Symptoms can range from mild to severe depending on what part of the brain, spinal cord, or optic nerves have been affected. Symptoms may last for a few days or be permanent. They may also improve and then come back months to years after they have initially occurred. In some cases, even though the initial symptoms improve, you may have permanent changes that your doctor is able to detect during your exam.
Central Nervous System
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The most common symptoms of MS include:
Numbness or tingling in the legs, arms, face, or extremities
Impaired vision in one or both eyes, including:
Blurred visionDouble visionLoss of visionChanges in color perceptionPain around the affected eye, pain with eye movementFatigueLightheadednessMuscle stiffness and spasmsMuscle weaknessPoor coordination or fallingTrouble walking or maintaining balanceParalysis in one or more limbs
Bladder problems including:
or, less commonly, incontinence
Sexual dysfunctionForgetfulness, memory loss, or confusionTrouble concentrating or solving problemsDepression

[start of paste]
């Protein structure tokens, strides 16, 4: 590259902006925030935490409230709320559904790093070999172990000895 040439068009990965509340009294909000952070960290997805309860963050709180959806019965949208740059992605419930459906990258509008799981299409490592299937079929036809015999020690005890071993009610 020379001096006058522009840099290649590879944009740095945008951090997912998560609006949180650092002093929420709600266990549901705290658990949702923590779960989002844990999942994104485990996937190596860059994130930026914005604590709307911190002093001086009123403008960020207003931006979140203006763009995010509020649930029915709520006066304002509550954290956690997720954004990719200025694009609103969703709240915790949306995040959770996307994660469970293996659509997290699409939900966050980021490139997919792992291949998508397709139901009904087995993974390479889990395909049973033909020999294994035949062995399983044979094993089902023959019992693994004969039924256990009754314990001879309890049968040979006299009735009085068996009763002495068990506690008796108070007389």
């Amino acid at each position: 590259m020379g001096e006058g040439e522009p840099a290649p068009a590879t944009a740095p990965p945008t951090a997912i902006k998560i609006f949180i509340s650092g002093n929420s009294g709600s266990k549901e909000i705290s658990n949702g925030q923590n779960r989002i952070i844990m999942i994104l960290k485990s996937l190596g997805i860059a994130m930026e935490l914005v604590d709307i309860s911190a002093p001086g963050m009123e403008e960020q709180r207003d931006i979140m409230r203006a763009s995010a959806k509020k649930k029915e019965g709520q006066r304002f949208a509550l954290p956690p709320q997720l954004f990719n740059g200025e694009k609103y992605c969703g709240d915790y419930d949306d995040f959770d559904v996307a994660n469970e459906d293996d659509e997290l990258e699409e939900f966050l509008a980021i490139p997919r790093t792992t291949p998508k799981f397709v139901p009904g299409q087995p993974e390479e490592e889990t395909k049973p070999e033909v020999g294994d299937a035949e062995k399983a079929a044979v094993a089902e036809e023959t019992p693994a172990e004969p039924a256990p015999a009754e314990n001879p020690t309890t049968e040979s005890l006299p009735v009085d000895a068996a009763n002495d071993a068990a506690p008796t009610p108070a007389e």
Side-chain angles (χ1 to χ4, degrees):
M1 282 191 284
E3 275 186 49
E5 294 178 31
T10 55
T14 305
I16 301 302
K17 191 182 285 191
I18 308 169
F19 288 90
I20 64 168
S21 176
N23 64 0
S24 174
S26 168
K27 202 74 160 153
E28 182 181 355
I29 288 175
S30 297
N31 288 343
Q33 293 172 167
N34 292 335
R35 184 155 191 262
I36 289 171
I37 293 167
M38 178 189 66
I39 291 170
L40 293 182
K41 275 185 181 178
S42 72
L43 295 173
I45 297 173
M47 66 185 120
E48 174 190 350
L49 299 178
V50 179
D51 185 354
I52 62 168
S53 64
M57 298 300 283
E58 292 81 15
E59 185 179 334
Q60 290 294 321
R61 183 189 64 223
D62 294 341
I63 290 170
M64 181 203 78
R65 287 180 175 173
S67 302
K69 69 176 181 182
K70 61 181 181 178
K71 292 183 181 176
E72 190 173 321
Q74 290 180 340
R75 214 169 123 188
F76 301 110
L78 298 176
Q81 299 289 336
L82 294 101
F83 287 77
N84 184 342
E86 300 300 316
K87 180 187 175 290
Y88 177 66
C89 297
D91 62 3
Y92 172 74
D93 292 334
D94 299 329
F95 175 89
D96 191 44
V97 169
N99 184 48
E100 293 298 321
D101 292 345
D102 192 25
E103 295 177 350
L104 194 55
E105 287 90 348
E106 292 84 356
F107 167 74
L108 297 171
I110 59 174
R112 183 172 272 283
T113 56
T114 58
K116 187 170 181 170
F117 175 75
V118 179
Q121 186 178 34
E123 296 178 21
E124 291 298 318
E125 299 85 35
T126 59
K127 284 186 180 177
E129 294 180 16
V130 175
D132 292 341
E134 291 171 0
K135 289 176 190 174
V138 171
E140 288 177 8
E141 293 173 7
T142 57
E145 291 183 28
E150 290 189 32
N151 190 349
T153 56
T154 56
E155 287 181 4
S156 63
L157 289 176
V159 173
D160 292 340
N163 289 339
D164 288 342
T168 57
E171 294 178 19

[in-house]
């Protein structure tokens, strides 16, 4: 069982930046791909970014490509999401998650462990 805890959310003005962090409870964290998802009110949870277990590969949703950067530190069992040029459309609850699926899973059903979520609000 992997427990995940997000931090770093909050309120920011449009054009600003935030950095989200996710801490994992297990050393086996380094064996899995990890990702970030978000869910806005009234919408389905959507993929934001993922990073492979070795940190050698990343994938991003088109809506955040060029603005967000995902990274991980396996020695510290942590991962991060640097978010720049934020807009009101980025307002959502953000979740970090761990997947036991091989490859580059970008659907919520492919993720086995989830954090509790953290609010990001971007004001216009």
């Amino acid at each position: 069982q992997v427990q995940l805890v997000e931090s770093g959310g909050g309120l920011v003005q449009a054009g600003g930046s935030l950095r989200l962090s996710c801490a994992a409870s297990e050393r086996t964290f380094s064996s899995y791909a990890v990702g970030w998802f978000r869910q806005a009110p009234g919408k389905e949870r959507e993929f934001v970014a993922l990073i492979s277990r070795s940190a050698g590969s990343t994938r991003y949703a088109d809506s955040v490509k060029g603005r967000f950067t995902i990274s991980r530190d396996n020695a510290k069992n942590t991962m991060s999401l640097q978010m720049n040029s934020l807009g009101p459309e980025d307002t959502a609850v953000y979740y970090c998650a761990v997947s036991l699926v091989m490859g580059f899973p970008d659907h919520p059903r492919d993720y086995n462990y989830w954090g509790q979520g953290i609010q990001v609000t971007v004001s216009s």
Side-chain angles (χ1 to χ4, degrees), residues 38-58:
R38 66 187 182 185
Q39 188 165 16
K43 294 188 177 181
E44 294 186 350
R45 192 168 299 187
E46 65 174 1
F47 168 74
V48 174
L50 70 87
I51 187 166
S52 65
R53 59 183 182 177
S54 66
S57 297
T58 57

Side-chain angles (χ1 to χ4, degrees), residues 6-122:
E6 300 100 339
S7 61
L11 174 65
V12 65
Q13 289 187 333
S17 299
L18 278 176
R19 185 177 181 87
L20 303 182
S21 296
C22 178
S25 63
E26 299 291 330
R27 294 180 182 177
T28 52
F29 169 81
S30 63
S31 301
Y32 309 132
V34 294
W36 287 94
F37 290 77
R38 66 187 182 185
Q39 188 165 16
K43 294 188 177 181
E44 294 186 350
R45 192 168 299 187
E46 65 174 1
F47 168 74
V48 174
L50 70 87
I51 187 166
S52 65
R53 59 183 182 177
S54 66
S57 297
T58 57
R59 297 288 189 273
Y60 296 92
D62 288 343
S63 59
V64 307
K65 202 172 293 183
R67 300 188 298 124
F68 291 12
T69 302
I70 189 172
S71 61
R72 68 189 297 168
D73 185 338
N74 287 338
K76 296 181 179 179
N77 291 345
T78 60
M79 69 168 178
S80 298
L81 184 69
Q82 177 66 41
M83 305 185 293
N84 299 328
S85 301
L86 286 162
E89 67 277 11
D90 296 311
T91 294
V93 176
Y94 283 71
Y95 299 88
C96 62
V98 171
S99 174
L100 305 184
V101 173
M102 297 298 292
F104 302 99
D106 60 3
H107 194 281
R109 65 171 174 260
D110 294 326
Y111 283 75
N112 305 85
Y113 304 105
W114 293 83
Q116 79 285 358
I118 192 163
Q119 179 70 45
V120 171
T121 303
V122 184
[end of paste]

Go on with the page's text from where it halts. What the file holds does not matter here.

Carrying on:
Less common symptoms include:
Slurred speechDifficulty swallowingPsychiatric disordersEuphoria or inappropriate emotional responsesHeadacheSeizuresTremorBreathing problemsItching
Factors that may trigger or worsen symptoms include:
Internal or external heat, including:
Hot weatherHot baths or showersFeverOverexertionInfection
Multiple sclerosis (MS). EBSCO DynaMed Plus website. Available at:
http://www.dynamed.com/topics/dmp~AN~T116285/Multiple-sclerosis-MS. Updated March 4, 2016. Accessed September 13, 2016.
NINDS multiple sclerosis information page. National Institute of Neurological Disorders and Stroke
website. Available at:
http://www.ninds.nih.gov/disorders/multiple_sclerosis/multiple_sclerosis.htm. Updated November 19, 2015. Accessed September 13, 2016.
What is MS?
National Multiple Sclerosis Society
website. Available at:
http://www.nationalmssociety.org/What-is-MS. Accessed September 13, 2016.
Last reviewed September 2016 by Rimas Lukas, MD
Please be aware that this information is provided to supplement the care provided by your physician. It is neither intended nor implied to be a substitute for professional medical advice. CALL YOUR HEALTHCARE PROVIDER IMMEDIATELY IF YOU THINK YOU MAY HAVE A MEDICAL EMERGENCY. Always seek the advice of your physician or other qualified health provider prior to starting any new treatment or with any questions you may have regarding a medical condition.
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